It's been my experience that, in some ways, the act of arrowing at a deer is actually anti-climatic. Sure it's exciting and it gets your heart pounding, but the truth of it is, if you prepared correctly, you probably were on autopilot at the moment of truth.
|This is the type of shot you should prepare for — the deer is relaxed and there's a clear sight to its vitals.|
A good shot, after all, is simply the convergence of the months of mental preparation and physical practice.
Before ever leasing the string, the hunter has already honed shooting abilities, chosen and flight-tested the right broadheads, and scouted the hunting grounds. He or she knows the local herd, topography, feeding and bedding areas and travel routes between. That hunter is also familiar with the prevalent wind directions and has a few spots in mind for tree stands, ground blinds or still hunting routes.
Essentially, very little, except for the weather and the deer's whims on the day of the hunt is left to chance.
One of the last preparations I make before deer season is the practice of visualizing the shot I want. This is a pleasant mental diversion that you can do anywhere. And it's one you should repeat so often that, when the moment comes, you hardly have to think about the process at all.
For instance, when I visualize the shot I will take this year, I first think of the deer I have in mind — after all, I've already got a photo or two of him. I visualize the point when I will raise my bow — when that deer has stepped within 20 yards, is fully relaxed and can't see me because of his body angle or an obstacle such as a tree trunk or screen of leaves.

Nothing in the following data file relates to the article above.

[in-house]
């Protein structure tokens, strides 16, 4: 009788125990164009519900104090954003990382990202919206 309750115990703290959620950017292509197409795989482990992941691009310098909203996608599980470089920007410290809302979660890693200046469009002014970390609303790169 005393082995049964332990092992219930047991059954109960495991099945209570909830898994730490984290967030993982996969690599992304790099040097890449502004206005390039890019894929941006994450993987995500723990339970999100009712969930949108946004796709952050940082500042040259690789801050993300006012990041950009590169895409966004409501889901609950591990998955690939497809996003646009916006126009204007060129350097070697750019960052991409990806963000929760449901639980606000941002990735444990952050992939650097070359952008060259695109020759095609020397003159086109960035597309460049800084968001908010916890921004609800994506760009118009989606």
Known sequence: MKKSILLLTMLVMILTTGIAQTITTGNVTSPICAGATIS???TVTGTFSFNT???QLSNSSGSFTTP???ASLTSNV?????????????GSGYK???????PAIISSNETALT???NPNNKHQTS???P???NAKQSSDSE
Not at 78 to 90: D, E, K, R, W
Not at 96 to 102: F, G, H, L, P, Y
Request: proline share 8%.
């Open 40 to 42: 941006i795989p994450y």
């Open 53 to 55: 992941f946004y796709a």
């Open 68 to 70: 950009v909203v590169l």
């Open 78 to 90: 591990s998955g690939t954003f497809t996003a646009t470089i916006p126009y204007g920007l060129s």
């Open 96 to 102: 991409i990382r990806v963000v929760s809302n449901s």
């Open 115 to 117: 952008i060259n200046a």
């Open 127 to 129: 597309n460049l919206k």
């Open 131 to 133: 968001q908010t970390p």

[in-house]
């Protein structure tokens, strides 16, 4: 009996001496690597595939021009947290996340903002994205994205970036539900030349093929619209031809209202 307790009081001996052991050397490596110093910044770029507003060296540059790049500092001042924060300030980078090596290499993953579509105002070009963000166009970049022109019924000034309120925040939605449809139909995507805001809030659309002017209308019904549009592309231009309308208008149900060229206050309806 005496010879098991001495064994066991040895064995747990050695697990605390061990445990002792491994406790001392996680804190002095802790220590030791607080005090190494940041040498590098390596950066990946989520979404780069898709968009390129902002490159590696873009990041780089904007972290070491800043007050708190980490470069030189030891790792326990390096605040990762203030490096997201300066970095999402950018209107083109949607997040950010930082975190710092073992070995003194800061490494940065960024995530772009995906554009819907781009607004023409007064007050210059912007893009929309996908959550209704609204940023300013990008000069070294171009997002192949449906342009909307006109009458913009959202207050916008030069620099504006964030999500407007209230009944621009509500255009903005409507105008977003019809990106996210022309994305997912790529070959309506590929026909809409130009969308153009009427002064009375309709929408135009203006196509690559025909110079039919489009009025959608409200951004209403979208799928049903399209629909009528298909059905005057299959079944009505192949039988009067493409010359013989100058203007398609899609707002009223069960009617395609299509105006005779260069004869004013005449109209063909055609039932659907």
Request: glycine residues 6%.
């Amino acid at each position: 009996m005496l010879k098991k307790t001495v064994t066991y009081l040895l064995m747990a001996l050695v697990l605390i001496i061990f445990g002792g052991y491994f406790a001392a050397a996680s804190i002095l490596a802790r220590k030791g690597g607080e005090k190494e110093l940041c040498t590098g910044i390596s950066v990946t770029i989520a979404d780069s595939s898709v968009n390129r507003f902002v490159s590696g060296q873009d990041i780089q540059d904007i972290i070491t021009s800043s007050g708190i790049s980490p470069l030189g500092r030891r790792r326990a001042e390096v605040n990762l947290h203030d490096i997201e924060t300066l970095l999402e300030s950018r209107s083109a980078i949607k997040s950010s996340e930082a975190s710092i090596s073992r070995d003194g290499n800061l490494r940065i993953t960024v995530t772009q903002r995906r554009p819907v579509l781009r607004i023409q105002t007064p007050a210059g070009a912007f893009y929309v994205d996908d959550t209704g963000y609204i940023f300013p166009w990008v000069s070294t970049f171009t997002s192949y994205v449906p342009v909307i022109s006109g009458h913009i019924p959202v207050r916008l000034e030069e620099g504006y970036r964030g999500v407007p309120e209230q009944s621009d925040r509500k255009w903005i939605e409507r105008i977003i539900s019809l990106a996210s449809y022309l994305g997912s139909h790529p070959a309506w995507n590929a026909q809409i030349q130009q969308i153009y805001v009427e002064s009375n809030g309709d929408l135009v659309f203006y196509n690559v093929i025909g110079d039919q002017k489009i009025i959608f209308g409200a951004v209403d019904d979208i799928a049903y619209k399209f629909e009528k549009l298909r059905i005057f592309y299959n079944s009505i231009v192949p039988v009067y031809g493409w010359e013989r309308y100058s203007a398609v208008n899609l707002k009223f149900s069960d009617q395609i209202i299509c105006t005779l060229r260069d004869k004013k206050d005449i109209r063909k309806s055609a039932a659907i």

I visualize waiting for the ideal shot angle — when that buck is quartering slightly away or broadside. On the angled shot, I line up the arrow's flight path with the deer's far front leg. I pick a tuft of hair to aim at on the chest cavity of the deer about one-third of the way up the body, a few inches behind the near leg. That way if my shot it off a couple of inches any way, it's still lethal.
Then I mentally repeat my bow hunting mantra, "Pick a spot, don't take your eyes off of it, release."
These things might seem a little silly, but if you are like most hunters, adrenalin will take hold as the shot opportunity nears. That can induce poor judgment, which is the last thing you want when deciding when to shoot. Visualizing the shot sequence and repeating your own mantra helps you remain composed.
The actual situation might be such that you need to modify your plan a bit, but the basics are there. Pick a spot, wait for the right moment to draw, release.
There's a reason Olympic-level athletes practice visualization techniques. Try it.
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